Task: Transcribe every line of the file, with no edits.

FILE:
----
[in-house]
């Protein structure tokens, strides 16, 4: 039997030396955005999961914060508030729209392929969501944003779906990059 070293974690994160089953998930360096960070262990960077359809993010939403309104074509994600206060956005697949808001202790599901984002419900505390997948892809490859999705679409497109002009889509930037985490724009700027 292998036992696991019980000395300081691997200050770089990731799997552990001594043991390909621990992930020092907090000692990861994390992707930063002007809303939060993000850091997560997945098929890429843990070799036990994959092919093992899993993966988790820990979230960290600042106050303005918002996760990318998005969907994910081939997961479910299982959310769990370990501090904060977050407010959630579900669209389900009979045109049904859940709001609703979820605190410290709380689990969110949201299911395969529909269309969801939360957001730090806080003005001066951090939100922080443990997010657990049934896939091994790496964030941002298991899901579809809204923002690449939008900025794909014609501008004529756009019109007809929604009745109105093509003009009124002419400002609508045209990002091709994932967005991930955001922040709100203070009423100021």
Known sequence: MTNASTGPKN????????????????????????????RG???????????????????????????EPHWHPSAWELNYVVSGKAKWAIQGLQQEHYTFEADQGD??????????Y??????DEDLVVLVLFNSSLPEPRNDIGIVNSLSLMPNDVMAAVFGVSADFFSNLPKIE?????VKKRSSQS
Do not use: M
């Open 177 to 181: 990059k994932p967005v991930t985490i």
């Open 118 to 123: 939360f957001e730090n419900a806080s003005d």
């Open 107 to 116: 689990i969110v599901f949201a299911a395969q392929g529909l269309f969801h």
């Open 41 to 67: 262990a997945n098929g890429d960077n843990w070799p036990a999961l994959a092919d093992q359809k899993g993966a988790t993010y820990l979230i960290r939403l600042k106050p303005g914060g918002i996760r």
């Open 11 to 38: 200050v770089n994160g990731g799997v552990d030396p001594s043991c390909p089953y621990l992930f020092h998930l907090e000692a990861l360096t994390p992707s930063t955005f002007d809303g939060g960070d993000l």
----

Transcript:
[in-house]
């Protein structure tokens, strides 16, 4: 039997030396955005999961914060508030729209392929969501944003779906990059 070293974690994160089953998930360096960070262990960077359809993010939403309104074509994600206060956005697949808001202790599901984002419900505390997948892809490859999705679409497109002009889509930037985490724009700027 292998036992696991019980000395300081691997200050770089990731799997552990001594043991390909621990992930020092907090000692990861994390992707930063002007809303939060993000850091997560997945098929890429843990070799036990994959092919093992899993993966988790820990979230960290600042106050303005918002996760990318998005969907994910081939997961479910299982959310769990370990501090904060977050407010959630579900669209389900009979045109049904859940709001609703979820605190410290709380689990969110949201299911395969529909269309969801939360957001730090806080003005001066951090939100922080443990997010657990049934896939091994790496964030941002298991899901579809809204923002690449939008900025794909014609501008004529756009019109007809929604009745109105093509003009009124002419400002609508045209990002091709994932967005991930955001922040709100203070009423100021």
Known sequence: MTNASTGPKN????????????????????????????RG???????????????????????????EPHWHPSAWELNYVVSGKAKWAIQGLQQEHYTFEADQGD??????????Y??????DEDLVVLVLFNSSLPEPRNDIGIVNSLSLMPNDVMAAVFGVSADFFSNLPKIE?????VKKRSSQS
Do not use: M
């Open 177 to 181: 990059k994932p967005v991930t985490i």
């Open 118 to 123: 939360f957001e730090n419900a806080s003005d």
């Open 107 to 116: 689990i969110v599901f949201a299911a395969q392929g529909l269309f969801h």
């Open 41 to 67: 262990a997945n098929g890429d960077n843990w070799p036990a999961l994959a092919d093992q359809k899993g993966a988790t993010y820990l979230i960290r939403l600042k106050p303005g914060g918002i996760r």
């Open 11 to 38: 200050v770089n994160g990731g799997v552990d030396p001594s043991c390909p089953y621990l992930f020092h998930l907090e000692a990861l360096t994390p992707s930063t955005f002007d809303g939060g960070d993000l």